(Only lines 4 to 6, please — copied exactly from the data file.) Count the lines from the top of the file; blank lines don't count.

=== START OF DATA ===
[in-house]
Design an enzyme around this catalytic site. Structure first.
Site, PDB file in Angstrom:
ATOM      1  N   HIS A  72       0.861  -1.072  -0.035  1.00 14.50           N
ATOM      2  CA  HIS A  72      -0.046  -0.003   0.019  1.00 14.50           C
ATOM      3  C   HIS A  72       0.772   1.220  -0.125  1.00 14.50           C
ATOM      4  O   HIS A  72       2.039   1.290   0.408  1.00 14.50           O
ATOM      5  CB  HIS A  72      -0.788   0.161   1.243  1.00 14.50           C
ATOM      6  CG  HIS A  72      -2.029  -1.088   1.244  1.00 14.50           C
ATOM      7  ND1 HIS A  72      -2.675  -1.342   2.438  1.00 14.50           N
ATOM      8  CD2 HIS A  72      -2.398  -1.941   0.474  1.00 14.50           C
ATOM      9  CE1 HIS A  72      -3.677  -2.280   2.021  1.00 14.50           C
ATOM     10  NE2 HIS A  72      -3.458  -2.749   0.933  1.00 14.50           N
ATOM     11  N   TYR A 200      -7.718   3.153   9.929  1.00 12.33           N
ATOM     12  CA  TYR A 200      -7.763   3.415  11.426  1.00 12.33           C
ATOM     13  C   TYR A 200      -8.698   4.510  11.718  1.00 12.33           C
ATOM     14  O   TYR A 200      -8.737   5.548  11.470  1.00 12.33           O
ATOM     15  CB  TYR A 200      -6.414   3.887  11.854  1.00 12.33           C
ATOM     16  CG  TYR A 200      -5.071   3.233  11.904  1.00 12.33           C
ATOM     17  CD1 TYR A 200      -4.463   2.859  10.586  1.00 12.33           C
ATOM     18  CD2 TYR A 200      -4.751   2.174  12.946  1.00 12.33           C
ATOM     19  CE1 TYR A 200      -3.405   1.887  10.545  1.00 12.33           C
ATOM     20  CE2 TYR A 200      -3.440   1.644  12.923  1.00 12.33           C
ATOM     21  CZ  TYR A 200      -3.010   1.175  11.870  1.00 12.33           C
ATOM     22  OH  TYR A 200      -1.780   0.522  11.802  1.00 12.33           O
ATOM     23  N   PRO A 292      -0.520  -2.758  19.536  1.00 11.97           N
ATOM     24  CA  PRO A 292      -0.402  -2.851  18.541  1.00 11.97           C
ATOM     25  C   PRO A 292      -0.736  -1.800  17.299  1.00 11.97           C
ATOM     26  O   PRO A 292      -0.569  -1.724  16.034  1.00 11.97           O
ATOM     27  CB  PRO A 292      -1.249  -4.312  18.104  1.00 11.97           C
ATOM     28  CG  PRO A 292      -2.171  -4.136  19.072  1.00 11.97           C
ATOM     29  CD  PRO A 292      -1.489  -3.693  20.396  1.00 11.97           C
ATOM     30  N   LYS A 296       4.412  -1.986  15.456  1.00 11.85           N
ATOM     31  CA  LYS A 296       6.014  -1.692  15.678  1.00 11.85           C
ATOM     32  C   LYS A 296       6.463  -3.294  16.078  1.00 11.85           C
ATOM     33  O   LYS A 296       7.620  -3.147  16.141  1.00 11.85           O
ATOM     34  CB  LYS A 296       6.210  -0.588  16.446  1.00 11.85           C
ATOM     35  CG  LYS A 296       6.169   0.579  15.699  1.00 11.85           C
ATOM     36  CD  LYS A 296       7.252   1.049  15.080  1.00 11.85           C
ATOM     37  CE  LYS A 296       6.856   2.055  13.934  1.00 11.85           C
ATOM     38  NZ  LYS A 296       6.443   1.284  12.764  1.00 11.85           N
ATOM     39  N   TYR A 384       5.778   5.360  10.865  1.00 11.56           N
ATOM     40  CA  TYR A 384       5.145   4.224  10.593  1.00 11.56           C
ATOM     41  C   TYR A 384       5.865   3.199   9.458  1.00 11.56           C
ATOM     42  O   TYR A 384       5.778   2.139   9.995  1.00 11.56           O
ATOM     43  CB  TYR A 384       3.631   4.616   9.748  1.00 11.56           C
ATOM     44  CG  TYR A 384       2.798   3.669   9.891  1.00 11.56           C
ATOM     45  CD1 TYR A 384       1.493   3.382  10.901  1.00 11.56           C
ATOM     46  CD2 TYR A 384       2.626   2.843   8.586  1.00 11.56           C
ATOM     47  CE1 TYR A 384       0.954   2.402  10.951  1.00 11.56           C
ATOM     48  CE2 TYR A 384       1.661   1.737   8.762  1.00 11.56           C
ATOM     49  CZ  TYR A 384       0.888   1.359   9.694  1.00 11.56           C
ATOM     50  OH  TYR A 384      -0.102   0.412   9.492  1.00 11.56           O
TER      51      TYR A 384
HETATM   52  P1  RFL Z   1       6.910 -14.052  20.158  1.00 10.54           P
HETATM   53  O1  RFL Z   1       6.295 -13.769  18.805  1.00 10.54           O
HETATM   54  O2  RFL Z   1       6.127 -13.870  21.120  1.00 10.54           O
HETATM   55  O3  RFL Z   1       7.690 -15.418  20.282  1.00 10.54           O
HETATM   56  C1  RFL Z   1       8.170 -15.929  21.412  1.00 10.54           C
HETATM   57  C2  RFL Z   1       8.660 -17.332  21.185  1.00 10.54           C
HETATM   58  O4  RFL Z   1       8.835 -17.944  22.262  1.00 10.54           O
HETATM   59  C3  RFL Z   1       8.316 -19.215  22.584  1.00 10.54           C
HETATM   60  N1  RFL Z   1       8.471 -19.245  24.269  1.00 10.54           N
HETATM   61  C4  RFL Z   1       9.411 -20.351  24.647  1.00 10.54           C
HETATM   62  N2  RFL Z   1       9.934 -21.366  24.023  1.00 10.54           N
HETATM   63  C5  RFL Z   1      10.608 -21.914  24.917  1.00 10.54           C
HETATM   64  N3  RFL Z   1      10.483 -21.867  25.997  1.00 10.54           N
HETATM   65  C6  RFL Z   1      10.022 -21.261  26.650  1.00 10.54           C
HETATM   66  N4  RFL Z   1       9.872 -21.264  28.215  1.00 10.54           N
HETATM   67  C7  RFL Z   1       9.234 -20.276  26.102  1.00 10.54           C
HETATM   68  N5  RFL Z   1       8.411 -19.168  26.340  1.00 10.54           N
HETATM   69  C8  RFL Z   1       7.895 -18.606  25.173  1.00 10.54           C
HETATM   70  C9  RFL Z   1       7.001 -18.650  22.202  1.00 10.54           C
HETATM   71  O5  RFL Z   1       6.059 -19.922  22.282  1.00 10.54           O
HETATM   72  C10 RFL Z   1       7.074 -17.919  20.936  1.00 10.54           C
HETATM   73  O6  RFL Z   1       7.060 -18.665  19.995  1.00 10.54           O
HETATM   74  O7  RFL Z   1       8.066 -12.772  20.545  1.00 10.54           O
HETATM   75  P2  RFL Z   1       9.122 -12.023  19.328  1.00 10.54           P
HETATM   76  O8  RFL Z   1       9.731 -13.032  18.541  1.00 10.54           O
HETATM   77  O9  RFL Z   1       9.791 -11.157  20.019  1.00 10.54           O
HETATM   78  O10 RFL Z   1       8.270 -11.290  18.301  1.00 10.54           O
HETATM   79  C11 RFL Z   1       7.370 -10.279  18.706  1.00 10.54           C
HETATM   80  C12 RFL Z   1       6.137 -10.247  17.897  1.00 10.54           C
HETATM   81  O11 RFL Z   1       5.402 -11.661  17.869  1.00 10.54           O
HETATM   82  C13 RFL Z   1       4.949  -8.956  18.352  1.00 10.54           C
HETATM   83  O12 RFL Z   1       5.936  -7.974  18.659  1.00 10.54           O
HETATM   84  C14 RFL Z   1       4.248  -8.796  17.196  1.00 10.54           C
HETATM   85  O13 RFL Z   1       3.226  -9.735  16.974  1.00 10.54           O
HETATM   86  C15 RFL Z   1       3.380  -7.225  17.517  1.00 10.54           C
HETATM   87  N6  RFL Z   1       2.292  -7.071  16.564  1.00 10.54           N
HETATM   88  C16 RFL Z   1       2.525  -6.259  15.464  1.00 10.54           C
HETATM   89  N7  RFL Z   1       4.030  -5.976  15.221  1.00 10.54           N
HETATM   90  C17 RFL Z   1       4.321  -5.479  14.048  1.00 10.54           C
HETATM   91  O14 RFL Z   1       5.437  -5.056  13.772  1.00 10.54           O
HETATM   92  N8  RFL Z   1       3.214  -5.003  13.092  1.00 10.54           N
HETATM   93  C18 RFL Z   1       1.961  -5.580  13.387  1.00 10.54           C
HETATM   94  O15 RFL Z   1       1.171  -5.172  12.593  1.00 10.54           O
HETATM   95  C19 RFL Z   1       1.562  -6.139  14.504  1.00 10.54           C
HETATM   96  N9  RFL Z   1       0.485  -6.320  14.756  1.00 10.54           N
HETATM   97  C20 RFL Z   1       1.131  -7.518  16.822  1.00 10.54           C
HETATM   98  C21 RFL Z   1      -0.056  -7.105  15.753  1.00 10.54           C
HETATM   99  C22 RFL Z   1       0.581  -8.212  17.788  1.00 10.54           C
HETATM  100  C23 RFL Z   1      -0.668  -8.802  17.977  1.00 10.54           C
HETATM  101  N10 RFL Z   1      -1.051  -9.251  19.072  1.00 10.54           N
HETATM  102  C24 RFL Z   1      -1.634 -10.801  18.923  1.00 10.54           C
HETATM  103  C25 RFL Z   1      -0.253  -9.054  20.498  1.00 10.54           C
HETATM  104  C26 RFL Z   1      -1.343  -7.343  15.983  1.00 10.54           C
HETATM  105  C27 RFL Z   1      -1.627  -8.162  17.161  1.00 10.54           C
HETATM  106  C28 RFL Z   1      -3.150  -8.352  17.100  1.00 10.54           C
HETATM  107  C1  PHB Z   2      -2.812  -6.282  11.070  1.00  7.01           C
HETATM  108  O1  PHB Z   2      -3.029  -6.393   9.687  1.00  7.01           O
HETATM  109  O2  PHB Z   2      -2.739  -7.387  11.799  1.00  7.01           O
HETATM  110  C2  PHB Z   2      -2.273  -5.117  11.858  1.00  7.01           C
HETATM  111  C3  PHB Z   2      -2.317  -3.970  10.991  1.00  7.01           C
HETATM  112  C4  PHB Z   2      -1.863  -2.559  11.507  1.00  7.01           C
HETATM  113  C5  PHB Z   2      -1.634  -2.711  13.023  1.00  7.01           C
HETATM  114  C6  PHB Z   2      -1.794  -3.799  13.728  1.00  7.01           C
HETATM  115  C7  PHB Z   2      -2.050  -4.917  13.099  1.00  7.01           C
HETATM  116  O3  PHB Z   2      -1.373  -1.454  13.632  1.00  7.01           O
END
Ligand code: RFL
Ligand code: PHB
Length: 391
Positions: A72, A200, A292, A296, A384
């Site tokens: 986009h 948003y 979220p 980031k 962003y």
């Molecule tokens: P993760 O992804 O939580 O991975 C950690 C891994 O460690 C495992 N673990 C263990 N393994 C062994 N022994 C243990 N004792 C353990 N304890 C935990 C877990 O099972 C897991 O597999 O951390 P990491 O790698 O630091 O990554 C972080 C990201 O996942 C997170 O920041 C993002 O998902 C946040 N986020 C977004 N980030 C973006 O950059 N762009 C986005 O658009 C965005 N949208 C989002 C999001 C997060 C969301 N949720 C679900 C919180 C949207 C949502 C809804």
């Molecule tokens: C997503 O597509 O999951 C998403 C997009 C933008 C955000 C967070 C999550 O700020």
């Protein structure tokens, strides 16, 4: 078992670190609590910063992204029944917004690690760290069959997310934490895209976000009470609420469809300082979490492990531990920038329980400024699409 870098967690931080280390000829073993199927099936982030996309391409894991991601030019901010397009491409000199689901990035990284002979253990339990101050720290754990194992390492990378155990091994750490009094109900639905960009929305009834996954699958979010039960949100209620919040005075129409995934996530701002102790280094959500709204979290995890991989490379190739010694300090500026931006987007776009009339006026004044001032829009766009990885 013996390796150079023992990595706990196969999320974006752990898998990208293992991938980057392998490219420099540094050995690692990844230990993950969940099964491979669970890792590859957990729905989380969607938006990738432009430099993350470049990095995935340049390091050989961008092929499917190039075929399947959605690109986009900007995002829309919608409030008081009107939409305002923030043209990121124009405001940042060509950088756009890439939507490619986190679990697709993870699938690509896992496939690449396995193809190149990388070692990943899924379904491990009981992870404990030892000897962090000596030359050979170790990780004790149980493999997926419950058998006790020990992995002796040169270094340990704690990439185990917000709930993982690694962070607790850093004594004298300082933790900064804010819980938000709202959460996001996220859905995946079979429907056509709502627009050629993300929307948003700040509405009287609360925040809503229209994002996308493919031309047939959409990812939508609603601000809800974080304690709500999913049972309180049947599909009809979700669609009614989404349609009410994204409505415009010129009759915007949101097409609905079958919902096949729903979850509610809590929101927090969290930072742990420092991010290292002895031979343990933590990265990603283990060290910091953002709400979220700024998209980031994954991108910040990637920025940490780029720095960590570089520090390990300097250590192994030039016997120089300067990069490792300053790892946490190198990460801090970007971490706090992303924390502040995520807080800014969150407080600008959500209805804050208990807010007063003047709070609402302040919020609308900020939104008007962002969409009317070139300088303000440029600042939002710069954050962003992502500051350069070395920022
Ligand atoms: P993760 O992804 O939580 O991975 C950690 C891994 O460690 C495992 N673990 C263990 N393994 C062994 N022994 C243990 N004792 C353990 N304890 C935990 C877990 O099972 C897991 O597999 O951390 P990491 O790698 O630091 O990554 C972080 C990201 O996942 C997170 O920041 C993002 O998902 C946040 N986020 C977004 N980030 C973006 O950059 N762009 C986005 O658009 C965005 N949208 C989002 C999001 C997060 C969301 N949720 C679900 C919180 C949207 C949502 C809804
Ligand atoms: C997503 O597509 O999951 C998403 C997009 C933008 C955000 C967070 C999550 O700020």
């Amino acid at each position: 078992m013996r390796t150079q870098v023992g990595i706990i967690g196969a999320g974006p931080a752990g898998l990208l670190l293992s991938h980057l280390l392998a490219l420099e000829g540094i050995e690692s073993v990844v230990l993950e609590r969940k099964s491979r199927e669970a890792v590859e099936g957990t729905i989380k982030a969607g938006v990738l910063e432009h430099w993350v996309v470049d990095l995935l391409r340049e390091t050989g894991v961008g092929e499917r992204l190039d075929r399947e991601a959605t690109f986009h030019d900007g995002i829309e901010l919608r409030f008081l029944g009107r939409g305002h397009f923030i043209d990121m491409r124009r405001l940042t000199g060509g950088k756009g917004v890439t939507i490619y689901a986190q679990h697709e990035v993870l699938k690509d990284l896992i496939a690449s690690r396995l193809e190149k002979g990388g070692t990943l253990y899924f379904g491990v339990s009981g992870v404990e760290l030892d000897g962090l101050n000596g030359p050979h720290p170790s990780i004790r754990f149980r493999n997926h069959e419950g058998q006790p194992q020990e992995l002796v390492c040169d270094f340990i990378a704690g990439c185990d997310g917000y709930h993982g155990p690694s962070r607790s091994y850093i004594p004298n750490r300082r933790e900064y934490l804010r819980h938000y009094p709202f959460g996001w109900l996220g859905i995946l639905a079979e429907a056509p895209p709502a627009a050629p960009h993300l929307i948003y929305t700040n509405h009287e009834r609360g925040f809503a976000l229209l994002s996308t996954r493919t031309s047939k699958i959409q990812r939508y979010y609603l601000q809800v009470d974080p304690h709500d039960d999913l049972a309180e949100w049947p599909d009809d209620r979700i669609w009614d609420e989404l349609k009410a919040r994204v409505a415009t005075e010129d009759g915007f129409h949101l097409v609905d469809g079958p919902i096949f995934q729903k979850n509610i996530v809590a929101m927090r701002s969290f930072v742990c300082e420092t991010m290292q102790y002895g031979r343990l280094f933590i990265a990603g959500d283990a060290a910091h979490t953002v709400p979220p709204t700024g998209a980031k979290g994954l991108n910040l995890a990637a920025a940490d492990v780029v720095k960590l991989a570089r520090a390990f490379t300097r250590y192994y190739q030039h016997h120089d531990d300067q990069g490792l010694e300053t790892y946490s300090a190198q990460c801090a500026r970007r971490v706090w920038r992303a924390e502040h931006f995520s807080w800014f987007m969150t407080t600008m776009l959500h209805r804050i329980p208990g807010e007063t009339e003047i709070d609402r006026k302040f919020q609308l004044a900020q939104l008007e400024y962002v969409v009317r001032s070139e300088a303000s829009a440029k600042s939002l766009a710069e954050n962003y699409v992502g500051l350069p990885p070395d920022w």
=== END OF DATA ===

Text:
ATOM      1  N   HIS A  72       0.861  -1.072  -0.035  1.00 14.50           N
ATOM      2  CA  HIS A  72      -0.046  -0.003   0.019  1.00 14.50           C
ATOM      3  C   HIS A  72       0.772   1.220  -0.125  1.00 14.50           C